As we kick off Haute Couture Fashion Week, Dior leads the way with a thought-provoking show and a killer collection to boot.
Today marks the beginning of Paris Haute-Couture Fashion Week. To me and you that means the start of the big, frothy, incredible dresses that are about to hit your Instagram feed. For industry insiders, couture is the very best in innovation and design a house has to offer, where looks are created from the absolute finest materials money can buy and are constructed by the best ateliers in the world.
What you see on the catwalk is an example of the dress you will own, but if you choose to buy a couture dress then it will be made exactly to measure… by hand. Which is precisely why couture looks demand such high price points, with some dresses even reaching the hundreds of thousands.
Dior was the big show of the day, and having previously created indoor floral gardens, a circus (complete with performers) and a what can only be described as a modern safari – the animals were carved from wood and put together like a puzzle – there was big expectations. What Maria Grazia Chiuri created this season was more provocative than ever before, and she didn’t even need the knockout setting to pack this kind of punch.
Walking into the dome-shaped show space at Musée Rodin, guests were greeted by a series of embroidered banners that adorned the show venue designed by American feminist artist, Judy Chicago. The largest banner placed at the entrance of the catwalk was, “What if women ruled the world?” With a series of spin-off questions adorning the rest of the banners in the space: “Would god be female?” “Would old women be revered?” “Would both men and women be equal?” “Would there be violence?” “Would there be equal parenting?”
The thought-provoking series of questions hand-embroidered onto these banners were created at Chanakya School. It is an embroidery school in India that is supported by Dior, with the aim of empowering female students in a country where embroidery savoir-faire is internationally recognised, but is largely a man’s domain. The school explains, “Traditionally in India, craft is only taught from father to son. Women have not had a chance for opportunity to create an independent future through skill. Maria Grazia was the one who suggested that we have this school for women, because it was time for women to contribute to craftsmanship.”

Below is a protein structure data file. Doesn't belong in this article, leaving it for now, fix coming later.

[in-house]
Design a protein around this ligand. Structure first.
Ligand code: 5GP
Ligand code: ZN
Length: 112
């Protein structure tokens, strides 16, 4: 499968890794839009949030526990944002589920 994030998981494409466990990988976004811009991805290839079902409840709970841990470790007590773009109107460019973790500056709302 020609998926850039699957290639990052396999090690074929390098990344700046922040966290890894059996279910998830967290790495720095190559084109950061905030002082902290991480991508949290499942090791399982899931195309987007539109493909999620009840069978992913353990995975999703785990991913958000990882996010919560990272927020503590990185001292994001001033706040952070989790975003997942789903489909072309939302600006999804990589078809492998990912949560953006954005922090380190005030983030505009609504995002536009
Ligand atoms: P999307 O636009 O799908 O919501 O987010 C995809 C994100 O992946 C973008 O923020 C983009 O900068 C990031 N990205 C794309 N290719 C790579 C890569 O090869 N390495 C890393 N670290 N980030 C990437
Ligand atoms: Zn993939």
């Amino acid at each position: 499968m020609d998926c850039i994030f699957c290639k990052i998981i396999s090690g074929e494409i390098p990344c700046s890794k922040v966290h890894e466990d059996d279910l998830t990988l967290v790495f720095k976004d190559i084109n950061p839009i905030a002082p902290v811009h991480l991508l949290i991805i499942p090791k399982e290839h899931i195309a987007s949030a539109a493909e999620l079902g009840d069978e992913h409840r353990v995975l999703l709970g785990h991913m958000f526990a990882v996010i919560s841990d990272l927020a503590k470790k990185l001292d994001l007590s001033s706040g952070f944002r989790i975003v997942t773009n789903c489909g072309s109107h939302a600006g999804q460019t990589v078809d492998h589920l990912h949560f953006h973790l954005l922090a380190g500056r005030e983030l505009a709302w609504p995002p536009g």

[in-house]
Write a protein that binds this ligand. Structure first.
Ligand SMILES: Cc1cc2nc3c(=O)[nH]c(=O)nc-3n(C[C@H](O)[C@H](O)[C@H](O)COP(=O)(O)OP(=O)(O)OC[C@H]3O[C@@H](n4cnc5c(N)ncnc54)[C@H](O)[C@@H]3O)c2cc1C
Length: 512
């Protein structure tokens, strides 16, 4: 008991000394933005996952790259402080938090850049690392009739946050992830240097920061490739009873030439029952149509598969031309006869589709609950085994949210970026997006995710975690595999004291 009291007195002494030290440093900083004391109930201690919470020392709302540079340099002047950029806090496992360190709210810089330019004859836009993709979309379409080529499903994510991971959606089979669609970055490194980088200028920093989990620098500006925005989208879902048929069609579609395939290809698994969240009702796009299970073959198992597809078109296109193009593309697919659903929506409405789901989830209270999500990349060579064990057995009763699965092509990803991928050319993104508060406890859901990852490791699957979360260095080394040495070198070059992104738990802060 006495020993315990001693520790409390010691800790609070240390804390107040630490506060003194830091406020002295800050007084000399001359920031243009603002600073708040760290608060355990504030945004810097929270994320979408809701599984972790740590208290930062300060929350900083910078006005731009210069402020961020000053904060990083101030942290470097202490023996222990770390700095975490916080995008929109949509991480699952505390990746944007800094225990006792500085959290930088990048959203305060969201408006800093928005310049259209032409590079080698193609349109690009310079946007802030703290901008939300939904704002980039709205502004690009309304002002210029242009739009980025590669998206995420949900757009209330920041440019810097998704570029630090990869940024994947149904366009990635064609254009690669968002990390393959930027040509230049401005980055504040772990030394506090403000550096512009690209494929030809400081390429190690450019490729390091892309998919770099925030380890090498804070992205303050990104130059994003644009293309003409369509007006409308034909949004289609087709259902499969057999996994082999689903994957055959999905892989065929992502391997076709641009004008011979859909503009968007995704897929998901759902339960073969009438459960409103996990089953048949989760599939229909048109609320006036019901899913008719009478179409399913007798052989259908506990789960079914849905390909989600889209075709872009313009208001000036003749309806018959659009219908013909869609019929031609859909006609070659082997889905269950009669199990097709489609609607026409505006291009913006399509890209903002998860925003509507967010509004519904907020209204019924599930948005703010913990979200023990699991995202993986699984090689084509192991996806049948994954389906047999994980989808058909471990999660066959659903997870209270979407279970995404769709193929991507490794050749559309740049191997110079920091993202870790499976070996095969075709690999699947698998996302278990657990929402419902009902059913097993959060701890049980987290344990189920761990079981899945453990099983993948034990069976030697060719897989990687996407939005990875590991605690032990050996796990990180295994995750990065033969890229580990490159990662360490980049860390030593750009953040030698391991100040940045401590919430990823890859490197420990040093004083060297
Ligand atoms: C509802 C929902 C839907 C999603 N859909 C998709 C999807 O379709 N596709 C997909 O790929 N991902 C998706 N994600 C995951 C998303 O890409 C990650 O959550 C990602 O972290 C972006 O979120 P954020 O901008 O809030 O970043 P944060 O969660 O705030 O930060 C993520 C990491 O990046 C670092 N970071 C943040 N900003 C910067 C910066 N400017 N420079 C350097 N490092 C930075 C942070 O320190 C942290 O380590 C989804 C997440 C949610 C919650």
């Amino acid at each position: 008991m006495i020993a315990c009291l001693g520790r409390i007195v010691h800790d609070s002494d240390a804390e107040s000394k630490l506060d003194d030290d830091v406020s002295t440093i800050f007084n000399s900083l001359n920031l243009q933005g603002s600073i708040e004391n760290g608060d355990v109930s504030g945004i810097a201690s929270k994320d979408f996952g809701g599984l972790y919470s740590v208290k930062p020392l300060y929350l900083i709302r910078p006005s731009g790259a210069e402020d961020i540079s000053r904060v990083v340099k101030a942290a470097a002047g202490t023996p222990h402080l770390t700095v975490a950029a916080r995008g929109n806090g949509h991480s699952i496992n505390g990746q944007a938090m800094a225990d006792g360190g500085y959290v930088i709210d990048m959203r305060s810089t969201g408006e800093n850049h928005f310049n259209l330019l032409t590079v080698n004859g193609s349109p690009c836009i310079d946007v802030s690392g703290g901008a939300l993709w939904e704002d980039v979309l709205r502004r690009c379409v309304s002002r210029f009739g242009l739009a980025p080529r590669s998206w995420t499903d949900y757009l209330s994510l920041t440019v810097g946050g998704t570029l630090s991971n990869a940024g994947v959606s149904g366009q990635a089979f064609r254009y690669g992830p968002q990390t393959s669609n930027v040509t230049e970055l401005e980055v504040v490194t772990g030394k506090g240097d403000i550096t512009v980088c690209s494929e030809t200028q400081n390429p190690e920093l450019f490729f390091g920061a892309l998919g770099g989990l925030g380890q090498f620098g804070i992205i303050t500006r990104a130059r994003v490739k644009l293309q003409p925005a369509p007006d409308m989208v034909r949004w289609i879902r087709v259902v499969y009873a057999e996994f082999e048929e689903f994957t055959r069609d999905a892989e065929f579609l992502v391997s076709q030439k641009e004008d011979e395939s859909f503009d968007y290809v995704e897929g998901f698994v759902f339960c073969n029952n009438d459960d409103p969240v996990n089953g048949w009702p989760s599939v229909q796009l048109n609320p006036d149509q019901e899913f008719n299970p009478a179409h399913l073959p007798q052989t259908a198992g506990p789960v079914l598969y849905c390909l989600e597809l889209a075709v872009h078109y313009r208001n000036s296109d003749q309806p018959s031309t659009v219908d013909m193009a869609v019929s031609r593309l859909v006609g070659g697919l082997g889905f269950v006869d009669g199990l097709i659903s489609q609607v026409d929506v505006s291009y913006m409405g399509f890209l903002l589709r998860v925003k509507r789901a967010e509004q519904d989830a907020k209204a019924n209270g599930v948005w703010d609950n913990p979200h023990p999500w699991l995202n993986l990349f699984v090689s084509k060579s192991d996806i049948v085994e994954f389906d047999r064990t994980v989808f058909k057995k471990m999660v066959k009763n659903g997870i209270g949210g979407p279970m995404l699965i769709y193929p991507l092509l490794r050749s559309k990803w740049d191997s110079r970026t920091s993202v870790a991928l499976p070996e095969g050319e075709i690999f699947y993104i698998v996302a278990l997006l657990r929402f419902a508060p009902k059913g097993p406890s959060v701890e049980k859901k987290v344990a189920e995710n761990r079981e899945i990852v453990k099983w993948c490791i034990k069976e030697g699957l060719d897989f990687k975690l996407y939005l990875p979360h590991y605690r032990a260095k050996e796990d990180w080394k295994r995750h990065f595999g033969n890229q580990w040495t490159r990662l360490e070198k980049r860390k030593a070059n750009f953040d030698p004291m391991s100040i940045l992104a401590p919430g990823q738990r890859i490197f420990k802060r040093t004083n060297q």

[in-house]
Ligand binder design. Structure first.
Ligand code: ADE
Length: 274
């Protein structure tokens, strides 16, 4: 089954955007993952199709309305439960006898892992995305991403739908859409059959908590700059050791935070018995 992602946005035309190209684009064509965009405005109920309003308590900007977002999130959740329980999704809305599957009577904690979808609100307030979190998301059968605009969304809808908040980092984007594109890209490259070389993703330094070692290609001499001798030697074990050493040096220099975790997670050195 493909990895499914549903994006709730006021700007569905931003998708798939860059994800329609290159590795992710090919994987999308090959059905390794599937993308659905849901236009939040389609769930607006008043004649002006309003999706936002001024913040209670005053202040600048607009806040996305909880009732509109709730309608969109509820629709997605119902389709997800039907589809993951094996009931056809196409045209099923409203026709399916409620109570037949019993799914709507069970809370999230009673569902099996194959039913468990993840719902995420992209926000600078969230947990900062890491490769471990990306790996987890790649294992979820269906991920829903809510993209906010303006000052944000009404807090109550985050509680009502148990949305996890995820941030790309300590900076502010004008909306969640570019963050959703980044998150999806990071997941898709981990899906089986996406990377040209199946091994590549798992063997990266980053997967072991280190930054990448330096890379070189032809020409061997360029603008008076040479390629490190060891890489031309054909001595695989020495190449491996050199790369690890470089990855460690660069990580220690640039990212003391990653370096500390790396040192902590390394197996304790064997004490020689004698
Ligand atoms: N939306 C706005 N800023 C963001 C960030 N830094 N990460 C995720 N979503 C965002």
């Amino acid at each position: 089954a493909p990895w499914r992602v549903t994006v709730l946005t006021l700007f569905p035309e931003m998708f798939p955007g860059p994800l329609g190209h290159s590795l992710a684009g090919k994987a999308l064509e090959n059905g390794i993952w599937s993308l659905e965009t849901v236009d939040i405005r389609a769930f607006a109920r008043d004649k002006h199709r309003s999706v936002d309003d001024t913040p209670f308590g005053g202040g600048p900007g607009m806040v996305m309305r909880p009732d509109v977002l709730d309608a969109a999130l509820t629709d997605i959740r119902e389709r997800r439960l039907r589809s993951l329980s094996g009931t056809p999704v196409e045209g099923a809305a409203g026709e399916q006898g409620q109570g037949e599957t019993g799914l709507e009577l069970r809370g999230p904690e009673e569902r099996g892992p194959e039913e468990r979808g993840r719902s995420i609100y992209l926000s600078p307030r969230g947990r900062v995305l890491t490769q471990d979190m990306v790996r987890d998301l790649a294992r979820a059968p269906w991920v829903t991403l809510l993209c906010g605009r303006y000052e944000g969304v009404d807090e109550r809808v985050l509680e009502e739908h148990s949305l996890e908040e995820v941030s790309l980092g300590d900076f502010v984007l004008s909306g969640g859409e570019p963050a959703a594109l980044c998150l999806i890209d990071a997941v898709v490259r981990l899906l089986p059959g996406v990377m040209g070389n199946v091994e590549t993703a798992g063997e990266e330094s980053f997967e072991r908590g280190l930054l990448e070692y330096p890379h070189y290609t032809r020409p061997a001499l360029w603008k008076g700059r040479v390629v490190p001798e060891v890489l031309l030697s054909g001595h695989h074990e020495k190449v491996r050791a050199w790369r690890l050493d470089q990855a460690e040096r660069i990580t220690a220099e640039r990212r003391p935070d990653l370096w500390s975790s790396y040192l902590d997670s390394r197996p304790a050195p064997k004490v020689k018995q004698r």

The women who created this commission from Maria Grazia Chiuri and Judy Chicago come from varying backgrounds, with some women residing in India’s poorest slums and otherwise discouraged from learning skills by patriarchal ideals. Some of these women were asked the very question they had spent time embroidering, “What if women ruled the world?”
“If women ruled the world, the world would be a more caring, compassionate place for everyone,” said one student, while another reasoned, “With their families women are loving and caring, so they would probably be loving and caring towards the world.”
With the stage set, it was time for Maria Grazia Chiuri to present her collection. Stylist editor-in-chief Lisa Smosarski noted, “There was an obvious inspiration from antiquity for a lot of the collection. Dress after dress showed a modern reinvention of the peplos – a traditional Ancient Greek garment that was typical attire for women. Peppered between the swathes of twisted and tied fabrics was clean-cut suiting that gave an overall feel of immense strength and power. This was further supported by the fact every model finished their look (regardless of gown or tailoring) with a pair of knotted Greek-style flat sandals – rejoice!”
In Ancient Greek culture the female gods were incredibly powerful figures, with many acting as the counterpart, or rather equal, to the male gods. And that is exactly what Maria Grazia Chiuri has drawn upon with this collection. Modern patriarchy may have made us lose sight of a woman’s power, but Dior is more than willing to help us remember – and with a killer outfit to boot.
Images: Getty / Instagram